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How long does it take to buy a home in Canada?

by Emma Scott on 22 Jun 2021

There are many things that people don't tell you when you are a first-time home buyer in Canada. This can cause home buyers to experience many challenges or unexpected delays. In this article, we will give you an in-depth glance at the home buying process, including estimated times, to help prepare you for buying a home.

Mortgage pre-approval

While you may want to start looking at houses immediately, the first step you should take is getting mortgage approval from a broker. This may not sound as exciting, but it’s incredibly useful. A mortgage broker will tell you how much you can afford to spend on a house based on your income, tax-free savings account, credit report, debt, and other factors. This will provide you with a budget and help you stay on track financially while looking for the right home for you.

It can take anywhere between several days to several weeks to be pre-approved. The length of time it takes to get pre-approved for a mortgage depends on various factors including your credit report, current financial situation, and how busy your mortgage broker is.

It’s also important to remember that you are not required to take the first mortgage offered to you. Interest rates can differ between mortgage brokers. Shop around to find the best mortgage for you.

How to get pre-approved faster

Before visiting mortgage lenders, you should take the time to improve your credit score and pay off any outstanding debts that you have. This includes any credit cards or student debts. It may not be possible to pay them off entirely before wanting to buy a house, but even a payment or two could increase your chances of receiving a loan faster.


When looking at your credit history, lenders will want to see that you are a trustworthy person to lend money to. One of the best ways to increase your trustworthiness is to have a diverse financial portfolio and a good credit score. It is easy to diversify your portfolio by taking on other lines of credit like a credit card. Use your line of credit and then pay it off quickly to boost your credit score. This can help make the pre-approval process faster and it may also help you qualify for a mortgage with lower interest rates!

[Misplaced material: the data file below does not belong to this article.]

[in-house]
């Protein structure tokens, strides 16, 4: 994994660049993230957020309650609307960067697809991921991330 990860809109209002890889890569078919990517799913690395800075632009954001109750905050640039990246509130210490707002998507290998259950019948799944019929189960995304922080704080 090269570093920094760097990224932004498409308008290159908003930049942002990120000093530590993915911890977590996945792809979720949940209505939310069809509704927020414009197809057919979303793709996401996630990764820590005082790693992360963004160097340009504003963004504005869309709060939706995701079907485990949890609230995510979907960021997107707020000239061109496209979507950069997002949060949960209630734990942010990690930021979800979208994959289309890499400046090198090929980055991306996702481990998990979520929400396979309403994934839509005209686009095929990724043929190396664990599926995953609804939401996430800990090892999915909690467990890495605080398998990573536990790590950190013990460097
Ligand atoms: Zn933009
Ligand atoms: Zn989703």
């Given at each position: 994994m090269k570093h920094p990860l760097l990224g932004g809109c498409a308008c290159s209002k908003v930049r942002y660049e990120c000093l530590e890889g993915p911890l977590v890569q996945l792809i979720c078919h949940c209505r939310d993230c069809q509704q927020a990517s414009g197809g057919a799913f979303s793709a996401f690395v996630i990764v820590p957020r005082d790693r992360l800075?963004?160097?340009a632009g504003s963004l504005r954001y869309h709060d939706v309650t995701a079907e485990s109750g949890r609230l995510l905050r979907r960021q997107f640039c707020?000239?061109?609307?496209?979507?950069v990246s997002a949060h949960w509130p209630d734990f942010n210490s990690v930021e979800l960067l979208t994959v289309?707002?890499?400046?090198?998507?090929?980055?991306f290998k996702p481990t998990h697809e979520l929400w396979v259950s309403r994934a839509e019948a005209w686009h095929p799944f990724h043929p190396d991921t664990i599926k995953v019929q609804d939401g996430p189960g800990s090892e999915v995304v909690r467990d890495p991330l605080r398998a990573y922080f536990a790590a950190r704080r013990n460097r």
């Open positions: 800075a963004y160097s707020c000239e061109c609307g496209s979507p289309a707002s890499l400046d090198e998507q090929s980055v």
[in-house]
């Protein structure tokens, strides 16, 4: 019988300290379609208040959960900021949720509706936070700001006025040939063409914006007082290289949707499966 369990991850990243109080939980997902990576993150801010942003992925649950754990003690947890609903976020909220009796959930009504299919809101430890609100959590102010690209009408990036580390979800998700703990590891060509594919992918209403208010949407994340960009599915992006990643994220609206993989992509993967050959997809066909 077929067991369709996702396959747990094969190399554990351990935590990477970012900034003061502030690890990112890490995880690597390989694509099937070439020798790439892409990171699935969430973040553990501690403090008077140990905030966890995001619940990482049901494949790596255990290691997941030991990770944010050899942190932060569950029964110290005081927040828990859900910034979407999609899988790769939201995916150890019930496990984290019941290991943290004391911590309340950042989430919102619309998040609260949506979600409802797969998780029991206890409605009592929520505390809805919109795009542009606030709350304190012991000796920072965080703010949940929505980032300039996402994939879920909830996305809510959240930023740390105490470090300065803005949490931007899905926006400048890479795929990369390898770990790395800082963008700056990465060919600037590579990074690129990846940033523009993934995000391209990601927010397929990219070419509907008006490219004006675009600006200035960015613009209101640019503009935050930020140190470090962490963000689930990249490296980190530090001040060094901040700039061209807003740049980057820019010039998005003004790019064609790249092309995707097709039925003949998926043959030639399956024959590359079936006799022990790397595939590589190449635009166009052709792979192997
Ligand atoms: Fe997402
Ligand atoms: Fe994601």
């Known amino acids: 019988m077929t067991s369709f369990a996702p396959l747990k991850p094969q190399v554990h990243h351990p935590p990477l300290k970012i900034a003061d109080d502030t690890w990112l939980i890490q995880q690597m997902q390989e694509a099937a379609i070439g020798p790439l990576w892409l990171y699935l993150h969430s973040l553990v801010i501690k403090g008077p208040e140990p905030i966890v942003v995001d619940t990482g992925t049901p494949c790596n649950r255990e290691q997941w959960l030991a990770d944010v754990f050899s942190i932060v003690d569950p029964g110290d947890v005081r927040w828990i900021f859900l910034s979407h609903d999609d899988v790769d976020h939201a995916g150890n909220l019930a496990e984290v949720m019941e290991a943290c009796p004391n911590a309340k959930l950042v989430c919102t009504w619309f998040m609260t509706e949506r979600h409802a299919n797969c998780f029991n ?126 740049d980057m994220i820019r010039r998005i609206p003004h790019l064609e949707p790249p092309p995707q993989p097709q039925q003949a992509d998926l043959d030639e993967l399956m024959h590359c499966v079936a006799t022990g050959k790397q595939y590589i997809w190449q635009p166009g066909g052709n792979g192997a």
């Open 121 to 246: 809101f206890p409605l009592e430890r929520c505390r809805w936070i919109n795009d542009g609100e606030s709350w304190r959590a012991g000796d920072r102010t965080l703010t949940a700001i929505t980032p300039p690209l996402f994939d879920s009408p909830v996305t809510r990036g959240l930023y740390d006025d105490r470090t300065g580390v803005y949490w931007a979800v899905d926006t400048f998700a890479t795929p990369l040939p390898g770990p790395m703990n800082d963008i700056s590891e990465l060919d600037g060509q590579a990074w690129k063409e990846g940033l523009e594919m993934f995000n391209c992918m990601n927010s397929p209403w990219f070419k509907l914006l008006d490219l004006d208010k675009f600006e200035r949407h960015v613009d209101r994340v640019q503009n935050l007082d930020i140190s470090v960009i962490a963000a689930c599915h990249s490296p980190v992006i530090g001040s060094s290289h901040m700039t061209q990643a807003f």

Hire a real estate agent

The next step in the home buying process is to hire a real estate agent. They’re industry professionals who can help guide you through buying your first home with their expert knowledge on real estate and the local housing market. In order to find the right realtor for you, ask your family and friends for any recommendations. Who have they hired in the past and how was their experience working with them? More often than not, your friends and family will have great advice on which realtor to hire and provide information on what costs to expect when hiring them.

Hiring a realtor can take some time depending on how long you spend considering your options and the length of time it takes for them to get back to you. We recommend starting this process early to find one that feels right for you. Typically, people will interview 2-3 realtors before going with the right one for them.